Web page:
All gardens are not created equal. Some gardens have too much shade and some not enough. You might think that there are not many plants that you can grow in the shade, but there are many perennials in the shade that are worth trying. Here in the Middle South, even plants considered full sun actually appreciate a little afternoon shade. There are a few tips that can make shade gardening with perennials a breeze like evaluating your site, creating the amount of shade you want, and picking plants that are good for your area.
Tips for gardening in the shade
The first tip for planting perennials in the shade is to choose a place that has little competition with trees that have superficial roots like maples, sweet gums and dogwood. The term “surface roots” means exactly what it says. The roots of the trees grow on the surface of the soil. This causes a problem with competition for water and nutrients if perennials are planted around these roots. Giving your plants a good growing environment with little competition is the first step to a large garden. The second tip is to evaluate your site before planting.
Evaluate your site
It is important to evaluate your site and identify the light and shadow levels for that area. Just take a walk around your courtyard and see which areas get full sun and which areas are really shaded. Remember, light levels change throughout the year as seasons change and when trees come out or grow to maturity. Take notes in a diary on which areas receive shade in the morning, at noon and in the early afternoon. Note if the area is full shade, partial shade or full sun. For the novice gardener, these terms can be a little confusing. Here is a quick summary of what these terms mean.
Full shadow the areas have a dense canopy where direct sunlight does not penetrate, or perhaps the plant is in the shade of an evergreen tree or building all day long.
Partial shade means that the garden receives mottled shade all day long. This simply means that you can see parts of the sky through the leaves above you. Another type of partial shade is the garden which is more densely shaded for part of the day but receives intense sunlight for 2-6 hours.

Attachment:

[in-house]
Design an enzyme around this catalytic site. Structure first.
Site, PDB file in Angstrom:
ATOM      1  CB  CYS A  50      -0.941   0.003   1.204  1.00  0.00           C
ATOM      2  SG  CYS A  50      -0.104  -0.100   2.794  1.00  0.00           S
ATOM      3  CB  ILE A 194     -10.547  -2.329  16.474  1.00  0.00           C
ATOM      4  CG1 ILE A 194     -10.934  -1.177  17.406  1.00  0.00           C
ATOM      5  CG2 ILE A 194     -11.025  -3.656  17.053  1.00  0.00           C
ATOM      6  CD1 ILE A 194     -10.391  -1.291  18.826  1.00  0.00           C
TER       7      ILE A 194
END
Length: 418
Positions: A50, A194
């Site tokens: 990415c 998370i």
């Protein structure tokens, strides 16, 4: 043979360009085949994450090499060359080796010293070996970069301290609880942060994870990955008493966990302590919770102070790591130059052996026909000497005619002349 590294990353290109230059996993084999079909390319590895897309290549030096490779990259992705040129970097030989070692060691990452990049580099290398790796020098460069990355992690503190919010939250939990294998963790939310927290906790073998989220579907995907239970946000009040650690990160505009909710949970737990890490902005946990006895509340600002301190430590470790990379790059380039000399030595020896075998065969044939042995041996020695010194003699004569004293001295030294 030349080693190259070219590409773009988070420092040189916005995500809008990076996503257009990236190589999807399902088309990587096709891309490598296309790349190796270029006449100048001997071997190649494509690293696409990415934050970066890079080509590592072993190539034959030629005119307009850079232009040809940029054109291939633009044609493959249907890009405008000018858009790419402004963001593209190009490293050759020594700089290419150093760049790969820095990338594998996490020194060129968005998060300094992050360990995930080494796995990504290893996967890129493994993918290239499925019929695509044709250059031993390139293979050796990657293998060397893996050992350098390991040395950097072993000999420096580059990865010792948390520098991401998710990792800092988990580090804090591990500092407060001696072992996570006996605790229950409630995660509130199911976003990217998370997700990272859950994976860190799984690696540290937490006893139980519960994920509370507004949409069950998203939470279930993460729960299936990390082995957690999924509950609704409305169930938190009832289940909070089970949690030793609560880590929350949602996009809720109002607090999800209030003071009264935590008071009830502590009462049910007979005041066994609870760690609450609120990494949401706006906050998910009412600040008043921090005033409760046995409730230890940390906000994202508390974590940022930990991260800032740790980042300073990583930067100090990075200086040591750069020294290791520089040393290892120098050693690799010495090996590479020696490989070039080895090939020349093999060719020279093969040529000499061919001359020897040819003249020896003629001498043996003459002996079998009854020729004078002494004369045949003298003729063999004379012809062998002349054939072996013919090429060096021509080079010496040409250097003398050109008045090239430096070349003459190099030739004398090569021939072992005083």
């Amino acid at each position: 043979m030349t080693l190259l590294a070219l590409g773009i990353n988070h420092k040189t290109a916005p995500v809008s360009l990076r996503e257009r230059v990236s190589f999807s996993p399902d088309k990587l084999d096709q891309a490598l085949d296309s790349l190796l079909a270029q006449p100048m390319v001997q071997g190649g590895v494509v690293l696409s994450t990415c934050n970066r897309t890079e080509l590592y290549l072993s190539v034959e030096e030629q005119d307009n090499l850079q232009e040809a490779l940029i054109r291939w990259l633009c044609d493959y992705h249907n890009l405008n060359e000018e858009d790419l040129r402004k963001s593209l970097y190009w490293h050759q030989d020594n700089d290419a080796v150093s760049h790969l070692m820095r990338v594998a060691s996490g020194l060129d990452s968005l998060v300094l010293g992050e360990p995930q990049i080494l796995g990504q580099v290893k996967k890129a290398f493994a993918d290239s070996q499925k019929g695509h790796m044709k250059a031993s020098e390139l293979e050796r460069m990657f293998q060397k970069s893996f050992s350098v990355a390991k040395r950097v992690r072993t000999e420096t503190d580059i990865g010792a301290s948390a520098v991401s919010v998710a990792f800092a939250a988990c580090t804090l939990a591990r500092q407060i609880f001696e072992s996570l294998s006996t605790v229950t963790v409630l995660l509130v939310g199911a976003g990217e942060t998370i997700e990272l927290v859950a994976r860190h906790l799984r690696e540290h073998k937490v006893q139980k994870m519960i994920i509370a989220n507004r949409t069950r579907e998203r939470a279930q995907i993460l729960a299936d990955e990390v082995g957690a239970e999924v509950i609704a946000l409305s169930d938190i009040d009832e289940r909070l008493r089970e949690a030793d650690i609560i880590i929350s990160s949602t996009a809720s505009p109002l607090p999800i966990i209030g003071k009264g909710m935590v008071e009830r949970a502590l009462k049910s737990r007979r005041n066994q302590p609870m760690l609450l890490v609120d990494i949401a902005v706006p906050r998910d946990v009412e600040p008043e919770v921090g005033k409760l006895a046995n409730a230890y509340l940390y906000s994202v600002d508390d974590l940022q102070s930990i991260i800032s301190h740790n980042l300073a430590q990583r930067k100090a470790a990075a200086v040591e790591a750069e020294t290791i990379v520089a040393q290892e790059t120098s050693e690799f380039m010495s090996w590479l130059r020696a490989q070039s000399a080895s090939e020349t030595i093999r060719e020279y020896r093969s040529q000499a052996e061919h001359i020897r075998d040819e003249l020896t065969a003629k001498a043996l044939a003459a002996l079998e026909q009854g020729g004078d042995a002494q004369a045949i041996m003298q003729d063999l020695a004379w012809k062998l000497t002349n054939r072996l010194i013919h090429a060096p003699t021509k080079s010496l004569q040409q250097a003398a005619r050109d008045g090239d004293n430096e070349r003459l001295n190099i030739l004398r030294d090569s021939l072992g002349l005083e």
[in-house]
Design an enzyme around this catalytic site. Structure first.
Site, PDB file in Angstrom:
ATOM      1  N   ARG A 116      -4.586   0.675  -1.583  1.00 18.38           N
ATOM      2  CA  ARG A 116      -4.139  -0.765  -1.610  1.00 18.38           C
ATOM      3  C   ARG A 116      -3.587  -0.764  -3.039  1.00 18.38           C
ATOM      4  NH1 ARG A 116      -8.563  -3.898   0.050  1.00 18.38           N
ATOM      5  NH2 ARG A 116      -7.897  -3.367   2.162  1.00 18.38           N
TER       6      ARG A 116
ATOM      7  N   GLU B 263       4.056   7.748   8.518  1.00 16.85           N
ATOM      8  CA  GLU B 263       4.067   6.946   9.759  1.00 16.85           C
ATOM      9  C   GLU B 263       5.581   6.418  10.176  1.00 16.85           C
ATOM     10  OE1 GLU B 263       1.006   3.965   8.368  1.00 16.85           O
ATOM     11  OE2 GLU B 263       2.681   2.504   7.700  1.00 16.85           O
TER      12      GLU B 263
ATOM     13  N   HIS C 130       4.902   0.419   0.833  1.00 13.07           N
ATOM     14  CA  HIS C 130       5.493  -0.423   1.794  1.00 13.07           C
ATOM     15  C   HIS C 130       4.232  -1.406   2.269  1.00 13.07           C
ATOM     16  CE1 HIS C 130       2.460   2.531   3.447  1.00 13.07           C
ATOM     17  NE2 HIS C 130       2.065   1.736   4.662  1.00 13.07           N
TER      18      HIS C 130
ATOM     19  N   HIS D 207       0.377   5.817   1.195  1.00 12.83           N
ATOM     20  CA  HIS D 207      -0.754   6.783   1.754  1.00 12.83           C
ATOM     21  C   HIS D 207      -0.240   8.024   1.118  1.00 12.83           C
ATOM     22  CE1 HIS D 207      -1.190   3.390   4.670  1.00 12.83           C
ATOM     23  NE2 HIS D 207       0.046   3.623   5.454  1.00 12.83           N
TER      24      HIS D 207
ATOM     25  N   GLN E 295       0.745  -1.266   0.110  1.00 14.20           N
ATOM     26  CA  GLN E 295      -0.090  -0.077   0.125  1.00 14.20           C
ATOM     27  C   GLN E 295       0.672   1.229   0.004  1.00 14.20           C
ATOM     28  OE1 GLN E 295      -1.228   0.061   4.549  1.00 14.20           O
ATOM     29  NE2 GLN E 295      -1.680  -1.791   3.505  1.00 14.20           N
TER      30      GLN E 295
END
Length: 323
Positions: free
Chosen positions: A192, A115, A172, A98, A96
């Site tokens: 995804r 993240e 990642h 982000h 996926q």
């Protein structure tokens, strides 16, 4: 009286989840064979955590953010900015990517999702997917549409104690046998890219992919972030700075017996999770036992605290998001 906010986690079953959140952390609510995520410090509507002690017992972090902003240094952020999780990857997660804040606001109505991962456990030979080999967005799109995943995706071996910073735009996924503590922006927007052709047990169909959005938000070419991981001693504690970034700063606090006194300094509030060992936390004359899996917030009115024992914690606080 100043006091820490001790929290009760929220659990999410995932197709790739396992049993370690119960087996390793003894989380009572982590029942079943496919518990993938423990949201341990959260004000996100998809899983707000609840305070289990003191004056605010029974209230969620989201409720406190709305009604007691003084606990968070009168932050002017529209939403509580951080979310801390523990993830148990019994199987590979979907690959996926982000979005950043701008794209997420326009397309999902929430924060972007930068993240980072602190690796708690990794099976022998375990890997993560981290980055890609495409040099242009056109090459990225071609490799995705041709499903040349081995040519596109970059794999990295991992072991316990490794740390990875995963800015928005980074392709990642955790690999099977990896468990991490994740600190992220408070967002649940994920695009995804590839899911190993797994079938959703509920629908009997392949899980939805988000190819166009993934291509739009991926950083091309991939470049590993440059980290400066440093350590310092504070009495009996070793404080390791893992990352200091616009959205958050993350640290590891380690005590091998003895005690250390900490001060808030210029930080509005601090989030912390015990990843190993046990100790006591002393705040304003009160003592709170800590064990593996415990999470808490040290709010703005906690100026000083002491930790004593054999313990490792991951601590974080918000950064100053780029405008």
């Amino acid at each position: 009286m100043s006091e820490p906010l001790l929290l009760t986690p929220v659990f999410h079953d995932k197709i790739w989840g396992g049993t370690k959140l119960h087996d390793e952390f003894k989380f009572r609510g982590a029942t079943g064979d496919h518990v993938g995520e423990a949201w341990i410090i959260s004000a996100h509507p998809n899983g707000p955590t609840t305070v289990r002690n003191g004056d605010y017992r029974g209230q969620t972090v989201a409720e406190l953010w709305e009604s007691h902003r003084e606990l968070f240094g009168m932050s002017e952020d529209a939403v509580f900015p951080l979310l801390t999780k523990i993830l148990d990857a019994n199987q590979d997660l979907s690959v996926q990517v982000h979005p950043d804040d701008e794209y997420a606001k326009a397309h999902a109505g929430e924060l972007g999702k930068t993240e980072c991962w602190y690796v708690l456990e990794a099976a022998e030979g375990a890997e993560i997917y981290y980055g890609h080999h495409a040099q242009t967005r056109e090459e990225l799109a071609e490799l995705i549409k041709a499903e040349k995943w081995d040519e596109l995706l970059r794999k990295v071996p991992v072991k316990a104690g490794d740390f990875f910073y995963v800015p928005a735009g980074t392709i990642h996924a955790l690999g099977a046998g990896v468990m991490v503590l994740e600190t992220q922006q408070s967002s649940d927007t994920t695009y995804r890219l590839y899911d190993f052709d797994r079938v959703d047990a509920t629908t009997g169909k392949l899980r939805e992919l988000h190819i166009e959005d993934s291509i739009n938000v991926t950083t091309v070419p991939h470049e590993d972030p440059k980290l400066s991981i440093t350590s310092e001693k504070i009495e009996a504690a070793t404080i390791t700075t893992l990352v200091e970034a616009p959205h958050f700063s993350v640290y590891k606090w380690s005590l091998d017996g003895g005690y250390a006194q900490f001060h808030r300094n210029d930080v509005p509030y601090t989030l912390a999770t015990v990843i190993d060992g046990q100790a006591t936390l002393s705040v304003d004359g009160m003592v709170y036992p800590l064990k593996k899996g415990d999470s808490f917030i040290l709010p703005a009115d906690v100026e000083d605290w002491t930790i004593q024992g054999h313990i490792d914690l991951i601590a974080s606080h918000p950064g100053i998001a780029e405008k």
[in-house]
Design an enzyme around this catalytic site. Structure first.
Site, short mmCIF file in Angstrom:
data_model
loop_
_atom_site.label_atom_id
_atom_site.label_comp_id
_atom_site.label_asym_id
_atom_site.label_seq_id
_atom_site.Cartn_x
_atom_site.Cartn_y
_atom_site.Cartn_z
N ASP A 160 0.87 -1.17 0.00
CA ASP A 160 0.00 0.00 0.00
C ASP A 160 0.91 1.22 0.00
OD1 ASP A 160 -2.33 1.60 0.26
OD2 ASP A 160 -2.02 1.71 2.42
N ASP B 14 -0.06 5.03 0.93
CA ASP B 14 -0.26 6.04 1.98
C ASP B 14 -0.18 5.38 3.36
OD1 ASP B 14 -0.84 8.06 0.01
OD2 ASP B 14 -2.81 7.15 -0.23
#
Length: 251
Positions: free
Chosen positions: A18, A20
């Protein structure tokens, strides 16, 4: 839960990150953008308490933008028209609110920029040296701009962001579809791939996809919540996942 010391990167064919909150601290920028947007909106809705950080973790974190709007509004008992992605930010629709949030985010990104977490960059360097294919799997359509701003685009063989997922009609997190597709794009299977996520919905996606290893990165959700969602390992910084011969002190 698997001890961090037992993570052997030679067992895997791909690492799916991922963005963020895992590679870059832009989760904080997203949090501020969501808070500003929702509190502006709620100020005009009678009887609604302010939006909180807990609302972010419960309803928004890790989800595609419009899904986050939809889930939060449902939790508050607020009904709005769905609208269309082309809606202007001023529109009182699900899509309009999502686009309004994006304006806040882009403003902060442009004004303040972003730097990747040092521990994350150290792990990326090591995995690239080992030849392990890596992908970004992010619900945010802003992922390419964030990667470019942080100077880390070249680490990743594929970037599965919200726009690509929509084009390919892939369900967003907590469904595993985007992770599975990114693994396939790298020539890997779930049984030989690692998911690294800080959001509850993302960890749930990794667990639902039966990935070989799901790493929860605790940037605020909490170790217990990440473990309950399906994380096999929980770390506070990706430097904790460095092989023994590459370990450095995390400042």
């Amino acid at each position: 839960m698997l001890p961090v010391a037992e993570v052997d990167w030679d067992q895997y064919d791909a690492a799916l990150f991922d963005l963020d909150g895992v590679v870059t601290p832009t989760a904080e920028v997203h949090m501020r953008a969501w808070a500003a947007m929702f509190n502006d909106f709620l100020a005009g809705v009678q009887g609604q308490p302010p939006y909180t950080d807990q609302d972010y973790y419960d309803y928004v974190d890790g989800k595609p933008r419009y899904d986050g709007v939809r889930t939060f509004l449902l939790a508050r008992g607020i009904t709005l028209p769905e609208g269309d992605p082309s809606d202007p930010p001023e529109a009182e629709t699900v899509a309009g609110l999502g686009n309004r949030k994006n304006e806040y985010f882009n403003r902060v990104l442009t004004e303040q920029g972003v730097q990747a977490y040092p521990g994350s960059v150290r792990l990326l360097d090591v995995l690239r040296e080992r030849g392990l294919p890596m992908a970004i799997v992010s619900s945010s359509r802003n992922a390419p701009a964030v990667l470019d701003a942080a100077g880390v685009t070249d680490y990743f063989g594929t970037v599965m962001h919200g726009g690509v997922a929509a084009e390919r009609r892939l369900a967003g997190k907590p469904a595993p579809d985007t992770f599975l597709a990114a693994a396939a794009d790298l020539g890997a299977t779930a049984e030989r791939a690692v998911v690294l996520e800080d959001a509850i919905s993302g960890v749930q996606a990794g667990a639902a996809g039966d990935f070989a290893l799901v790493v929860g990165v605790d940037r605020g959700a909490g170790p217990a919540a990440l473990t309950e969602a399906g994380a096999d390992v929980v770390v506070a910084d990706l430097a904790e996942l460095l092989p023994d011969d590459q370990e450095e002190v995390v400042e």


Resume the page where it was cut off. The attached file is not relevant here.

The third type of area is full sun this means that the area receives at least six hours of direct sunlight during the day. After evaluating your site and understanding what kind of shadow you have. Next, you may want to create the amount of shade you want for your garden.
Create the amount of shadow you want
The third tip to increase your success with shade gardening is to try changing the amount of light that enters your shade garden bed to suit your needs and the needs of the plants you want to plant. Prune the trees to reduce the amount of shade and to create a tall canopy that your plants will love. This also creates more airflow which is healthy for you and your plants since it reduces mold and mildew. To create more shadow; plant trees, add walls and fences, build a clapboard house or put a shade cloth on a simple plastic pipe structure, build a pergola or gazebo. Using screws on structures is also a quick way to create more shade.
Choose the right plants for your area
After evaluating your area and creating the type of shade you want, you are ready to plant. Go to your local gardening center or the local extension service website for a list of plants that work well in your area. You will both find a wealth of information. Below is a list of some perennial shadow-loving artists for Mid South.
Ten perennial shades for the Middle South
- Italian Arum (Arum italicum)
- North Sea Oats (Chasmanthium latifolium)
- Green and gold (Chrysogonum virginianum)
- Cardinal flower (Lobelia Cardinalis)
- Solomon’s seal (Polyanatum odoratum)
- Spiderwort (Tradescantia x Andersoniana)
- Lent squad (Helleborus spp.)
- Sweet Woodruff (Galium odoratum)
- Astilbe (Astilbe x Arendsii)
- Lily toadTricyrtus formosana)
Visiting local botanical and public gardens, participating in local garden tours, joining local garden clubs and visiting the local extension service website is a great way to learn more about perennials that work well in your area.
Given the right conditions, your plants will thrive. Remember, remove the competition, evaluate your site, create the amount of shade you want and you will be well on your way to a wonderful courtyard that you will enjoy all season long. Keep in mind that there are also ferns, vines, annuals and shrubs that are good for shade. As a general rule, plants that are good for shade have large, flat leaves that help them absorb light for photosynthesis and growth. Generally they will have fewer flowers and seeds than plants grown in the sun. Think about foliage, color and texture for the shaded areas of your garden. This list of ten shade perennials is a good starting point for gardeners in the Middle South, but part of the fun of gardening is experimenting with different types of plants, so be sure to go out and find the plants that will be on their own. favorites “and enjoy the ride.
Source by Julia Stewart